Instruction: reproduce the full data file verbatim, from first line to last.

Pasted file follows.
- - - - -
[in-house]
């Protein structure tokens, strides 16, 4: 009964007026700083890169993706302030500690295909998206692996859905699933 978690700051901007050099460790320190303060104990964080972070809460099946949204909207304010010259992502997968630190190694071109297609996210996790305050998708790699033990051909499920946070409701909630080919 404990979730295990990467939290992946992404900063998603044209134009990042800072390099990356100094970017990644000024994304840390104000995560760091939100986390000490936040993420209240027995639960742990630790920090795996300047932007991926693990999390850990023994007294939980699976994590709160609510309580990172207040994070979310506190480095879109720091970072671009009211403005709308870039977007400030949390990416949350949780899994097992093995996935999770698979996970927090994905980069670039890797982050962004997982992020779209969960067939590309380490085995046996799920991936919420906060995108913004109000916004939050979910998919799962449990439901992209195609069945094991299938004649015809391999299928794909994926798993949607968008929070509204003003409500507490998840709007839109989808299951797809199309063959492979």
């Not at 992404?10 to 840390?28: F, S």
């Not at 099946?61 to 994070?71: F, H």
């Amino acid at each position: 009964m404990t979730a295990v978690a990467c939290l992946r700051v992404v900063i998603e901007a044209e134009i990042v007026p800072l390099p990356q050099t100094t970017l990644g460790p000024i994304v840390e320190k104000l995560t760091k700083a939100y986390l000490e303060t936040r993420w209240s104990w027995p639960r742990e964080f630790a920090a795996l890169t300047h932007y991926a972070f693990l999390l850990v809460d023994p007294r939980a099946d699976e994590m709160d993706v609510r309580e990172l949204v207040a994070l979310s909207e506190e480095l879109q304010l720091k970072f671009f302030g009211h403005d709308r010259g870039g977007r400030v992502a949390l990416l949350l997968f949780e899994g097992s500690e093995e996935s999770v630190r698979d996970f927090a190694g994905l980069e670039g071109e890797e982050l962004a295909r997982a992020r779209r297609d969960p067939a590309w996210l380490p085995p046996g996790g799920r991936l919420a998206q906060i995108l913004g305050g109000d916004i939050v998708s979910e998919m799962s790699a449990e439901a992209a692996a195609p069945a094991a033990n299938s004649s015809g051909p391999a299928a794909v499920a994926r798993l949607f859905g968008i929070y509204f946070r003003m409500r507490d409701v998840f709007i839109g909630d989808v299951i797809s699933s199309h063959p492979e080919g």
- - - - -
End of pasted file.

[in-house]
């Protein structure tokens, strides 16, 4: 009964007026700083890169993706302030500690295909998206692996859905699933 978690700051901007050099460790320190303060104990964080972070809460099946949204909207304010010259992502997968630190190694071109297609996210996790305050998708790699033990051909499920946070409701909630080919 404990979730295990990467939290992946992404900063998603044209134009990042800072390099990356100094970017990644000024994304840390104000995560760091939100986390000490936040993420209240027995639960742990630790920090795996300047932007991926693990999390850990023994007294939980699976994590709160609510309580990172207040994070979310506190480095879109720091970072671009009211403005709308870039977007400030949390990416949350949780899994097992093995996935999770698979996970927090994905980069670039890797982050962004997982992020779209969960067939590309380490085995046996799920991936919420906060995108913004109000916004939050979910998919799962449990439901992209195609069945094991299938004649015809391999299928794909994926798993949607968008929070509204003003409500507490998840709007839109989808299951797809199309063959492979």
């Not at 992404?10 to 840390?28: F, S």
């Not at 099946?61 to 994070?71: F, H």
């Amino acid at each position: 009964m404990t979730a295990v978690a990467c939290l992946r700051v992404v900063i998603e901007a044209e134009i990042v007026p800072l390099p990356q050099t100094t970017l990644g460790p000024i994304v840390e320190k104000l995560t760091k700083a939100y986390l000490e303060t936040r993420w209240s104990w027995p639960r742990e964080f630790a920090a795996l890169t300047h932007y991926a972070f693990l999390l850990v809460d023994p007294r939980a099946d699976e994590m709160d993706v609510r309580e990172l949204v207040a994070l979310s909207e506190e480095l879109q304010l720091k970072f671009f302030g009211h403005d709308r010259g870039g977007r400030v992502a949390l990416l949350l997968f949780e899994g097992s500690e093995e996935s999770v630190r698979d996970f927090a190694g994905l980069e670039g071109e890797e982050l962004a295909r997982a992020r779209r297609d969960p067939a590309w996210l380490p085995p046996g996790g799920r991936l919420a998206q906060i995108l913004g305050g109000d916004i939050v998708s979910e998919m799962s790699a449990e439901a992209a692996a195609p069945a094991a033990n299938s004649s015809g051909p391999a299928a794909v499920a994926r798993l949607f859905g968008i929070y509204f946070r003003m409500r507490d409701v998840f709007i839109g909630d989808v299951i797809s699933s199309h063959p492979e080919g």